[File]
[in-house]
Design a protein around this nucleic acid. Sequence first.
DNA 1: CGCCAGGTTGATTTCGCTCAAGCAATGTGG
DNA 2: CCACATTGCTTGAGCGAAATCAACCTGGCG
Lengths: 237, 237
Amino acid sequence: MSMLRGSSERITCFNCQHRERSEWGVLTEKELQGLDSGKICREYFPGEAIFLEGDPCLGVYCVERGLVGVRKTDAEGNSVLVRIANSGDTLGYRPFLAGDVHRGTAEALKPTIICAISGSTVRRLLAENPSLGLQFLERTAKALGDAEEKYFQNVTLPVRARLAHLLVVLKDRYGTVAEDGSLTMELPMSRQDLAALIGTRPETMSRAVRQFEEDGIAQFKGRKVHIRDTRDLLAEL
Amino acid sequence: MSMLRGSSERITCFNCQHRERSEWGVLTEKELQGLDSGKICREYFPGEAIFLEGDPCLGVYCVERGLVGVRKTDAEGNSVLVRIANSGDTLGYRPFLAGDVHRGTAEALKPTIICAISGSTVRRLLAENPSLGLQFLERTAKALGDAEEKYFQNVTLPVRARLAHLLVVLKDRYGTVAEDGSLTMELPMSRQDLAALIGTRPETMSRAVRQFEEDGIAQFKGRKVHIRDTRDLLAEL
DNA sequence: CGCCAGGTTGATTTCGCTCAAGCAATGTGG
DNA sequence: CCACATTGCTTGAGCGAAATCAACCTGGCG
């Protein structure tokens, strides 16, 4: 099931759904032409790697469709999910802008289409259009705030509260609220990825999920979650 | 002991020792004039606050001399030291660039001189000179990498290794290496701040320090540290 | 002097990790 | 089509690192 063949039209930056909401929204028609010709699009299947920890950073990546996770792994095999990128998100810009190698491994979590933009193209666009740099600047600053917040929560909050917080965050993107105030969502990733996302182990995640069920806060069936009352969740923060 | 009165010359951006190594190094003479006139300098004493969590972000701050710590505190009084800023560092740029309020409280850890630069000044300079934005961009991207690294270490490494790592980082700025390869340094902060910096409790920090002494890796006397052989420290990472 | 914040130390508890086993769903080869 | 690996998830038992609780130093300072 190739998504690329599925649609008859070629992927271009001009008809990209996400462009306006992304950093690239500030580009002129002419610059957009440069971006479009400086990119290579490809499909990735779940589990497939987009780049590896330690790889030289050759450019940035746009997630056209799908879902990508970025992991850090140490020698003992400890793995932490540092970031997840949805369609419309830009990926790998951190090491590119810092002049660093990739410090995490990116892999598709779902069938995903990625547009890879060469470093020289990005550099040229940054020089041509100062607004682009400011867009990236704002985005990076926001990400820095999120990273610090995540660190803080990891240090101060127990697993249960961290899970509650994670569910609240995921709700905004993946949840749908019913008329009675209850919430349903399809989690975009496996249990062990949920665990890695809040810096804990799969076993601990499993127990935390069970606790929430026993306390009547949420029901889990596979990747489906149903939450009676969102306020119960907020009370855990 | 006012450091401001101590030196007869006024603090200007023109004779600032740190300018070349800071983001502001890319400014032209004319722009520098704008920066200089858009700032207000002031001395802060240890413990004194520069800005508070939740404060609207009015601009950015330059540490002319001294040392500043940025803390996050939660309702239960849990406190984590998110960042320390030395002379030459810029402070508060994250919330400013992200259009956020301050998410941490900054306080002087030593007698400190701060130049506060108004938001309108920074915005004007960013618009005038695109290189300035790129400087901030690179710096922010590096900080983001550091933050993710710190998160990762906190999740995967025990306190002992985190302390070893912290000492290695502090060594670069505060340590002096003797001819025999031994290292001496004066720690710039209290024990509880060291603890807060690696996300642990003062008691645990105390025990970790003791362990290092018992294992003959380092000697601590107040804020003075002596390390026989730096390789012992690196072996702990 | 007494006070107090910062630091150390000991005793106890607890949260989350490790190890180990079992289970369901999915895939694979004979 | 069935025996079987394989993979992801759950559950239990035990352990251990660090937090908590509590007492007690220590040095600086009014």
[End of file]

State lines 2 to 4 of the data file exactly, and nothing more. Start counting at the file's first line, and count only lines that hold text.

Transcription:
Design a protein around this nucleic acid. Sequence first.
DNA 1: CGCCAGGTTGATTTCGCTCAAGCAATGTGG
DNA 2: CCACATTGCTTGAGCGAAATCAACCTGGCG